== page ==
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What you need to know about Medicare while traveling

Medicare | Jul 22, 2016



Summer is in full swing, which means plenty of vacations. Your travels, whether within the U.S. or abroad, are meant to be a fun and relaxing way to spend retirement.

But not everything goes as planned, and medical emergencies may show up at the worst moments, even on vacations. If you encounter a situation where you need to visit a hospital, it's important to know how treatments work when you're on Medicare but out of your home state or even out of the country.

When you're out of state

Having Medicare and visiting a doctor in another city or state is not all that different from when you visit your primary care doctor or specialist.

"You're able to receive care from any hospital or doctor in the U.S. and its territories."

According to Medicare Interactive, as long as you have Original Medicare, you're able to receive care from any hospital or doctor in the U.S. and its territories. You are thus able to visit a doctor even if you are vacationing in Puerto Rico, the Virgin Islands, American Samoa, Guam, Northern Mariana Islands and Washington D.C.

But if you have a Medicare Advantage plan, it's in your best interest to contact your Medicare plan provider to learn about coverage options and other rules.

Costs will also have to be factored if you have a Medicare Advantage plan and need to see a doctor while traveling in the U.S. With some Medicare Advantage plans, you might not be able to see doctors out of your network. Though some plans indeed allow this, you may end up paying more for receiving care or treatment, which could become somewhat more tricky because your current plan may only cover urgent care or emergency visits.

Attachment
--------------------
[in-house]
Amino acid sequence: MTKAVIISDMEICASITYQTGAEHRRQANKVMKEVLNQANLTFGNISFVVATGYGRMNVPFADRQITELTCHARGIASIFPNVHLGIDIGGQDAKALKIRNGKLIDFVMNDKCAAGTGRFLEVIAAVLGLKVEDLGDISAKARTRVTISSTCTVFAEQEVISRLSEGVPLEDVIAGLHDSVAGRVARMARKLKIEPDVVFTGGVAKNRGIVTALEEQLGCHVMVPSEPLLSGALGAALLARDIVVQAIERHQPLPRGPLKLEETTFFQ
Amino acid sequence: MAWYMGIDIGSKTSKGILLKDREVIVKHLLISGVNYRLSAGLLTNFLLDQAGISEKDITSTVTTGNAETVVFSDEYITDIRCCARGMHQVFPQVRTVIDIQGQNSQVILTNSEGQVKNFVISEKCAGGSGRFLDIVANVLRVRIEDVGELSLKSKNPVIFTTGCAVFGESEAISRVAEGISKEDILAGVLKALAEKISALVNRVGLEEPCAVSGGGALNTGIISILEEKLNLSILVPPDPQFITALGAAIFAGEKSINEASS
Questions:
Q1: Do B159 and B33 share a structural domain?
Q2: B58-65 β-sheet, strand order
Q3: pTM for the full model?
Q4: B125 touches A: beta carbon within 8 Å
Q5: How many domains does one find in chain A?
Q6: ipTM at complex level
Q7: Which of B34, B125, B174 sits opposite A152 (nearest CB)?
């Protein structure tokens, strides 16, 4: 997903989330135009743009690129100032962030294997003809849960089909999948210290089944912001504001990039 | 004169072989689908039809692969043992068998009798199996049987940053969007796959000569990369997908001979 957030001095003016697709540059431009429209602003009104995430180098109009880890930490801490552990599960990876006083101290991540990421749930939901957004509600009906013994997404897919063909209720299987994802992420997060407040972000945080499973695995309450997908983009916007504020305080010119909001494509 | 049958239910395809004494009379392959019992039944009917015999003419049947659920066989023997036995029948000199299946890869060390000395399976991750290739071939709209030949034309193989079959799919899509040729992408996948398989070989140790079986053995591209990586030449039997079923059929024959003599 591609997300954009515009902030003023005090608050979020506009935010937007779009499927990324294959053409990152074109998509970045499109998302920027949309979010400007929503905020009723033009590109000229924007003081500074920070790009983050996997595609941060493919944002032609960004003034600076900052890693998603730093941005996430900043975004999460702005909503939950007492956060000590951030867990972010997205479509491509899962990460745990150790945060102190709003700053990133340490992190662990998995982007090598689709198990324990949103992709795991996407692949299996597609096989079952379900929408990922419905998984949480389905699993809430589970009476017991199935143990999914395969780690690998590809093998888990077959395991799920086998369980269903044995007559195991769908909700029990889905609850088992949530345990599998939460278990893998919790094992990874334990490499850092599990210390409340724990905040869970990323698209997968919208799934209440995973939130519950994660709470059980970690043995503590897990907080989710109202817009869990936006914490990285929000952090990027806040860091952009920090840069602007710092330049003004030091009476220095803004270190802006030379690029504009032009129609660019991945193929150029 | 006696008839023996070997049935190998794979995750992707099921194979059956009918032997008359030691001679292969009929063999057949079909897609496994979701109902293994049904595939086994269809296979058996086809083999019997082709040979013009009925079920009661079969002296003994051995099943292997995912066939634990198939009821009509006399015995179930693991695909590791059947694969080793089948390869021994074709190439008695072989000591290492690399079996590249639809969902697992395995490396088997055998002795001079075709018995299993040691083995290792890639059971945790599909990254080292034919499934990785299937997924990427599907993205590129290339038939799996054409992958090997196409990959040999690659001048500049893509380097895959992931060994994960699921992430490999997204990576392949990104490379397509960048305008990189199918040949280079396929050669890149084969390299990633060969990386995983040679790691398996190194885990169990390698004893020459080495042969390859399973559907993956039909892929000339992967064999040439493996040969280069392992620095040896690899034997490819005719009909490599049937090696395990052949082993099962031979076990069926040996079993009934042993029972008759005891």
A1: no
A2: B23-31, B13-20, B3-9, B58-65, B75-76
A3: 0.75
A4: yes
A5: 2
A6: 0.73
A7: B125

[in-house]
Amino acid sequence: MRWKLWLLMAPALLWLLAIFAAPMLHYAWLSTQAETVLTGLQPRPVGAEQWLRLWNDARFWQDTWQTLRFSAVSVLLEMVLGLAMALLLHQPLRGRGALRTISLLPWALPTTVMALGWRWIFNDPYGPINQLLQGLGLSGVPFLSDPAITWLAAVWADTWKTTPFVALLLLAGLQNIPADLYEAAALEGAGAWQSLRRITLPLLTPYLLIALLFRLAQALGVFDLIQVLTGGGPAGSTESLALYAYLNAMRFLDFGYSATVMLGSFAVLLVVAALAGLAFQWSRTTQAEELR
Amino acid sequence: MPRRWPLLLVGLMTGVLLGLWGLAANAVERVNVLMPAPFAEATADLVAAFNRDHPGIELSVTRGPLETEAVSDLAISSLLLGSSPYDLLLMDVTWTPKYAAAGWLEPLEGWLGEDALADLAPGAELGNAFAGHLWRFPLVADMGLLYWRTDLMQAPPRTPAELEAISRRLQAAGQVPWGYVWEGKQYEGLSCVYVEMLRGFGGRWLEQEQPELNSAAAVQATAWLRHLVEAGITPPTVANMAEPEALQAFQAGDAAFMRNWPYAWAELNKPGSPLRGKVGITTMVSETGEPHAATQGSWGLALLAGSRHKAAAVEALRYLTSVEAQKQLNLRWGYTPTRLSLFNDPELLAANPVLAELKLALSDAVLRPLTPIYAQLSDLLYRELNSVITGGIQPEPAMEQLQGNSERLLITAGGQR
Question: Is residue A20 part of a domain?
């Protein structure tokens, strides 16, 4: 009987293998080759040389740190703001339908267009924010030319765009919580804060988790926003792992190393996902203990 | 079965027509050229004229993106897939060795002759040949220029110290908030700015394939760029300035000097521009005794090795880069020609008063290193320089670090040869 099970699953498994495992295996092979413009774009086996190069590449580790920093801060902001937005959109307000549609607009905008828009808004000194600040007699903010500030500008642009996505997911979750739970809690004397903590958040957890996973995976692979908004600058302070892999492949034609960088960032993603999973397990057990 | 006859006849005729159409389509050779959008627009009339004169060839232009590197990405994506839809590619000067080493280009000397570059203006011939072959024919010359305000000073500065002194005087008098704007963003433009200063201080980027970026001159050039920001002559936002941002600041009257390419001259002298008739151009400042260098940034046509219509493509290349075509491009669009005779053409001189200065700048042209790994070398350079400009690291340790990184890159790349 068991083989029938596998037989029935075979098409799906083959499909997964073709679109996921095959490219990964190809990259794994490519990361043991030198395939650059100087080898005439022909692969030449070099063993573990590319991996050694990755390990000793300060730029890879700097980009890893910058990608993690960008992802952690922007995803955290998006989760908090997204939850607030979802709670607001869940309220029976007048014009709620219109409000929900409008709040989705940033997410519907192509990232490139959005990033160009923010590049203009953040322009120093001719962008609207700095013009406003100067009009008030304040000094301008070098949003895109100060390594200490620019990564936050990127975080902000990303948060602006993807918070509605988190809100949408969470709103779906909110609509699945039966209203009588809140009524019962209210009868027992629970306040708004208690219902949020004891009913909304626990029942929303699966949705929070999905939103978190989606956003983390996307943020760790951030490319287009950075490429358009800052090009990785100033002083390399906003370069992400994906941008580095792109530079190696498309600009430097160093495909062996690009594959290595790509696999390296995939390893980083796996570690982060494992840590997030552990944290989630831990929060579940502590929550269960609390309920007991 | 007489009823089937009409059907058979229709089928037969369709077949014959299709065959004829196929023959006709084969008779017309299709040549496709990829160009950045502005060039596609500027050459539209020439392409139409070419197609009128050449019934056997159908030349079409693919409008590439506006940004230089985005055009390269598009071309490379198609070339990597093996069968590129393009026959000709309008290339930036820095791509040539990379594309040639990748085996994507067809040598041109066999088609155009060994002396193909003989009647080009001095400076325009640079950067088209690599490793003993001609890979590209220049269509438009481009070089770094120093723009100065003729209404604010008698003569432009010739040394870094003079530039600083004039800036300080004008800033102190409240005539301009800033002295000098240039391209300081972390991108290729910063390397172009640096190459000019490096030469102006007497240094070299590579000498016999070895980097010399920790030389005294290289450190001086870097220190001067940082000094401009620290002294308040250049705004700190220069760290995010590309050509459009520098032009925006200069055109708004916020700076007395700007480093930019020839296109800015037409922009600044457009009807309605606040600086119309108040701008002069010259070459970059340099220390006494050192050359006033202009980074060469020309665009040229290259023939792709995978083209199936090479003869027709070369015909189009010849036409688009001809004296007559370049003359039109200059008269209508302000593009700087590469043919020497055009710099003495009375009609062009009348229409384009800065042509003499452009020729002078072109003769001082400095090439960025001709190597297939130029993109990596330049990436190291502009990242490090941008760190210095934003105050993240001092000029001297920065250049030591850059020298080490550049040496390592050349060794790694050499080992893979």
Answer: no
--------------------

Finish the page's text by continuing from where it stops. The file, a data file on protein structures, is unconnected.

Traveling out of the country

If you're traveling abroad and need to visit a hospital, Medicare will not cover costs of any hospital visit or drugs and supplies you get.

"If you're traveling abroad and need to visit a hospital, Medicare will not cover costs."

However, there are three situations, as outlined by the Centers for Medicare & Medicaid Services where medical costs may covered, but in a limited scale. You are eligible to receive care outside of the U.S. if:

  • You live closer to a foreign hospital than a U.S. one and that institution can treat a medical condition, regardless of whether it's an emergency
  • You're currently in the U.S., but a foreign hospital is closer
  • You're traveling to Alaska and going through Canada when a medical emergency arises and a Canadian hospital is closer than a U.S. one

When receiving care from a foreign hospital, Medicare will only cover Medicare-covered services, which will depend on the type of Medicare plan you're currently enrolled in.

For example, if you have Part A coverage, Medicare will cover inpatient hospital care. Part B will cover emergency doctor services you might receive before and during an inpatient hospital stay while abroad.

Part B will also cover non-emergency visits and ambulance services. But there are also some limitations to what Part B covers. Part B will not cover medical costs associated with ambulance trips back home. You also won't be covered if you decide to visit a doctor or receive a treatment outside of the hospital.

Plan ahead

Emergencies can never be planned, but it helps to prepare for all possible scenarios, especially with regard to your health.

Before any vacation, you may want to contact your Medicare plan provider to discuss the finer details and help you understand what to do should you have to go to a hospital while traveling, as well as the potential costs.